No – I did not realise that there was a particularly famous sherry in Jerez and I am annoyed about that as may as well have drunk that for breakfast instead of beer!  I will see if they sell some in Cordoba, which is where I head to next.  I am currently drinking a glass of sherry which they assure me is from Jerez and they showed me the bottle which does say Jerez (and other things in spanish) – but the sherry is usual colour sherry, not white – so stuffed if I know.

No – I am not ‘out-smarting’ the local fashionistas and have no prospect of doing so, even if I can acquire some ear muffs. I learned that if you are to travel alone you need to be able to manouver your suitcase all by yourself, anywhere, at any time, in and out of buses and trains, up and down stairs, and for hours along pavements; and very quickly if necessary. Hence I travel with a small suitcase and only the bare essentials. So I cannot stand alongside these splendid spanish women. But in honour of my beautiful friends I shall refrain from telling people my nationality so that noone assumes that all Aussie girls are dags who thought they were at the equator.

Seems to have been definately a prankster, and not a mentally ill person – apparently girls travelling in spain are often treated to a welcoming ‘flash’ – considered cultural (by the local males at least). and NOOOOOOOOOOOOOO I don’t have a photo of the flasher!

Yes – I took photos of the carousel. And yes – I secretly wanted to go on it – and I lurked about for awhile with some gelati deciding whether or not to do so.  Didn’t in the end; I was too shy. It has a sign, it is from about 1900 or so. Very old. It is called “Carousel Ortega”. If I get old and get dementia you may find me on a carousel somewhere with a bucket of gelati.

No – I have not been ‘landed on’ by a windsurfer

It is “Jerez de la Frontera” not the other Jerez (which I didn’t know existed!)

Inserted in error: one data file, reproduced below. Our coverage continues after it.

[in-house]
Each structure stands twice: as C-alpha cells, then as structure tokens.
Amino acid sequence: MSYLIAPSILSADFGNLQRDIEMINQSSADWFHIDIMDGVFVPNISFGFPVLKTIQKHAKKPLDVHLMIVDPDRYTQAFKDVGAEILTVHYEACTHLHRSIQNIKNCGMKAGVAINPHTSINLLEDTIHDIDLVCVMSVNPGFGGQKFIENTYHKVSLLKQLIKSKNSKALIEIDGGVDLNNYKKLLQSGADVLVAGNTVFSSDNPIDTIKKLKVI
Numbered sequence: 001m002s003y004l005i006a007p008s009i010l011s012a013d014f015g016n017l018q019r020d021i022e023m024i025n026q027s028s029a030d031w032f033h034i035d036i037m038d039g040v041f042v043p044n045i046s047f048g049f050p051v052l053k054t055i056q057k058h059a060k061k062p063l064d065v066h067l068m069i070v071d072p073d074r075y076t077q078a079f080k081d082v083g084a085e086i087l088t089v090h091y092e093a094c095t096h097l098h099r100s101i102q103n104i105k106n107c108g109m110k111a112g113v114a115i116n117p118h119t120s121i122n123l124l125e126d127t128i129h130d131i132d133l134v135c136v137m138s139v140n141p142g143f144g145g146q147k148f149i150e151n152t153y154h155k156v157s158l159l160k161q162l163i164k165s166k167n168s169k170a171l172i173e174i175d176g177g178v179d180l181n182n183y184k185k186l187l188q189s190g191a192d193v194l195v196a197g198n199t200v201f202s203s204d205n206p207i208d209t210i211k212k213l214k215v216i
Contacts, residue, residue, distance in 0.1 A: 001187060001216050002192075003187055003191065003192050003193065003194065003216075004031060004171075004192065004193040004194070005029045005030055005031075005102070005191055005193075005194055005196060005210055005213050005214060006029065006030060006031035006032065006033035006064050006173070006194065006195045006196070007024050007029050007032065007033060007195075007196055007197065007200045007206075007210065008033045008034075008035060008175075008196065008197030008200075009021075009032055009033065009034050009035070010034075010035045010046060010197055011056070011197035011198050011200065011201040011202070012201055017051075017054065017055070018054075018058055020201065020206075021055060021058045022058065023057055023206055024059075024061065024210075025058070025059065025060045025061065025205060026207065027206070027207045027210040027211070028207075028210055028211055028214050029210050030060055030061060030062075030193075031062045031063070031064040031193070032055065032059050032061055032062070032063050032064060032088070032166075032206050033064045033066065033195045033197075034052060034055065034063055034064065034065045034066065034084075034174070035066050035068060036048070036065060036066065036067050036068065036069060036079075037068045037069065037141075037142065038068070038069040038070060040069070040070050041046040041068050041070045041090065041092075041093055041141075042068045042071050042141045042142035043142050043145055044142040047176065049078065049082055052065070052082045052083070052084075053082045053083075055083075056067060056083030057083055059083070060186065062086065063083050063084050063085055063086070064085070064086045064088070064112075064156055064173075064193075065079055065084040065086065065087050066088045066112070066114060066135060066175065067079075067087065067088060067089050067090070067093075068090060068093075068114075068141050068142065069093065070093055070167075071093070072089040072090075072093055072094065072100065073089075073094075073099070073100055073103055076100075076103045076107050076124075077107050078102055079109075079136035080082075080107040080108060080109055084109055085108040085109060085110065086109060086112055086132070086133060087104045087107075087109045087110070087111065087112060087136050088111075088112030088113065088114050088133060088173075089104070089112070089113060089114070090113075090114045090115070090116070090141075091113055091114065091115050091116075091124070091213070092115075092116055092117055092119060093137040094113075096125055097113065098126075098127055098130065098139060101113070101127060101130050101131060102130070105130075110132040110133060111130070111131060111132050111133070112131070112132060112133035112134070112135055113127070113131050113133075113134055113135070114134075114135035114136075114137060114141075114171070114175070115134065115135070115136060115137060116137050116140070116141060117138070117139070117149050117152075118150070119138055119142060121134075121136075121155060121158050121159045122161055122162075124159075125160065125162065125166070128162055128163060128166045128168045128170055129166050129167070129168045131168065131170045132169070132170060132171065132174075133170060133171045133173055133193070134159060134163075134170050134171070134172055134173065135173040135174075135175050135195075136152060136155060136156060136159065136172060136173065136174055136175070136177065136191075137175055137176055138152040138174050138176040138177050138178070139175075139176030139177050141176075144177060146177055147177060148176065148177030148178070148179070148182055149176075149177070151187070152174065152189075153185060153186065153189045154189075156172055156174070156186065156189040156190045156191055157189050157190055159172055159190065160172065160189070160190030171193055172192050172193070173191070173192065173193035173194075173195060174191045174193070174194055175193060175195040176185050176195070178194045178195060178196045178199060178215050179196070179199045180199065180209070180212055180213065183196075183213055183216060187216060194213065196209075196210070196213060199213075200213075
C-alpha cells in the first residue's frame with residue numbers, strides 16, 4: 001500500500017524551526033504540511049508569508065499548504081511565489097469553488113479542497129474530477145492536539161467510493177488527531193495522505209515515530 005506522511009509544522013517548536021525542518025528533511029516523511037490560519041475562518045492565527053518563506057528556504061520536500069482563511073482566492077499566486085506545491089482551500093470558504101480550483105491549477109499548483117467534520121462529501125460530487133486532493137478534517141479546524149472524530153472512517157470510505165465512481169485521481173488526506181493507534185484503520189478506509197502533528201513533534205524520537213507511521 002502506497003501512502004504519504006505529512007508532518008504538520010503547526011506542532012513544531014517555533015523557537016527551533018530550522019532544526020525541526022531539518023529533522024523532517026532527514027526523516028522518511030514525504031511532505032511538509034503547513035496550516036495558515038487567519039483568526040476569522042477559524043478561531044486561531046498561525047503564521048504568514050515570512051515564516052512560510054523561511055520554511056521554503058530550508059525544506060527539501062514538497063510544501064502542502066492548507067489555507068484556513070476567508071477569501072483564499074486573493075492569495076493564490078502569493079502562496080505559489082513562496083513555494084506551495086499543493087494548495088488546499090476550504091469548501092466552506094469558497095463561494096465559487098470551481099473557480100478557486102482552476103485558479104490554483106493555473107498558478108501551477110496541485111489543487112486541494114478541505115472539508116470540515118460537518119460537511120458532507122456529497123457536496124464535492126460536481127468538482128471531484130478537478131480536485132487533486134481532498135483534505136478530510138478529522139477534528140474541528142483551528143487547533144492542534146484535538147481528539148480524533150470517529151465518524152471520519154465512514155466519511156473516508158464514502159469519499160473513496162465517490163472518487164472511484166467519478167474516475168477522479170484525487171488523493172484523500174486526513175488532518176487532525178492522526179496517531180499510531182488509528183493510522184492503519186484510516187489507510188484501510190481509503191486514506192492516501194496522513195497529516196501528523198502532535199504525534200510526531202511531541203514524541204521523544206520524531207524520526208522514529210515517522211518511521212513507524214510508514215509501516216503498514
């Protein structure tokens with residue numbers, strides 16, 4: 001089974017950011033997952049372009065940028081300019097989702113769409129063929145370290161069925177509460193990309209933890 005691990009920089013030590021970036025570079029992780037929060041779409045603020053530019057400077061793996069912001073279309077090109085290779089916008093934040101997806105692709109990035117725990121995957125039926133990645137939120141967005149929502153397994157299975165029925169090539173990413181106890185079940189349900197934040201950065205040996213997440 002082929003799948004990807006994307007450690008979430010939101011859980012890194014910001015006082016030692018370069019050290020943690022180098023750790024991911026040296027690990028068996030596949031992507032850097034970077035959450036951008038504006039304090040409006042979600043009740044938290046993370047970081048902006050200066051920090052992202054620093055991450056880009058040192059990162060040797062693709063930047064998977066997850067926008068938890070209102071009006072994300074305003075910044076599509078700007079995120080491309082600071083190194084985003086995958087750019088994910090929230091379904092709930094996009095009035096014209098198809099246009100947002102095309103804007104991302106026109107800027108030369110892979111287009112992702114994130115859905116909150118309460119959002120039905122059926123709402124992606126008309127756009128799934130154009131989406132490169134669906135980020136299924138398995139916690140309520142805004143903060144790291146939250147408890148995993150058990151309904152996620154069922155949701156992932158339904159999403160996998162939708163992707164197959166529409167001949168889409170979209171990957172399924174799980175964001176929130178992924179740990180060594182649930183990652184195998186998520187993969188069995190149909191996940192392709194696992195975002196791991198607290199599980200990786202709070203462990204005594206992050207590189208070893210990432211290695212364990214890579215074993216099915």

No – I have not noticed any obvious signs of economic hardship and poverty – well at least not compared to India and Thailand and they are meant to be tiger economies aren’t they? Here people seem to live simply, but elegantly, and cheerfully – except for the women who seem a bit stern, but given local male customs I can now understand why the women aren’t amused.

I am hoping to get out and about and see some of Tarifa tomorrow – and also there is a whale watching tour tomorrow (weather permitting) there are apparently 8 types of whales and dolphins that live here where the waters of the Mediterranean converge with the waters of the Atlantic.

Yes – I have started to pick up some spanish – i can say uno – dos – manyana – salidas – gracias – sherry – how much euros – taxi – and cafe

The mystery deepens about Jacarandas – Different sources reveal that they are native to the Americas, also native to Japan, and also native to Africa. And clearly also native to Australia! Just as well they are so beautiful. Today in Tangiers (see next email) they had heaps of gum trees but no jacarandas. The secret life and times of these trees!

No – I have not met any bullfighters, and if I did meet one – no – I could not bring him home in my suitcase.  See above re: description of my suitcase.

I seem to be out-of-synch with spanish meal times – must be jet lag. For instance the kitchen here doesnt fire up until 8pm, and before that you can only order packets of chips. I have been dead to the world by about 7pm each night and so I have missed an evening meal for a few nights in a row. Breakfast does not start here till 8am. When I charged through the door this morning at 7.56am I was the only one there and had the watermelon all to myself. Clearly it is not cool to have breakfast at 8. But this is a long winded answer to all of the questions about Spanish food. Everyone knows how much I adore food – so this situation is very painful – this evening I have sworn to keep my eyes open long to get something decent into my stomach.

 

22 May 2012, Tarifa, Spain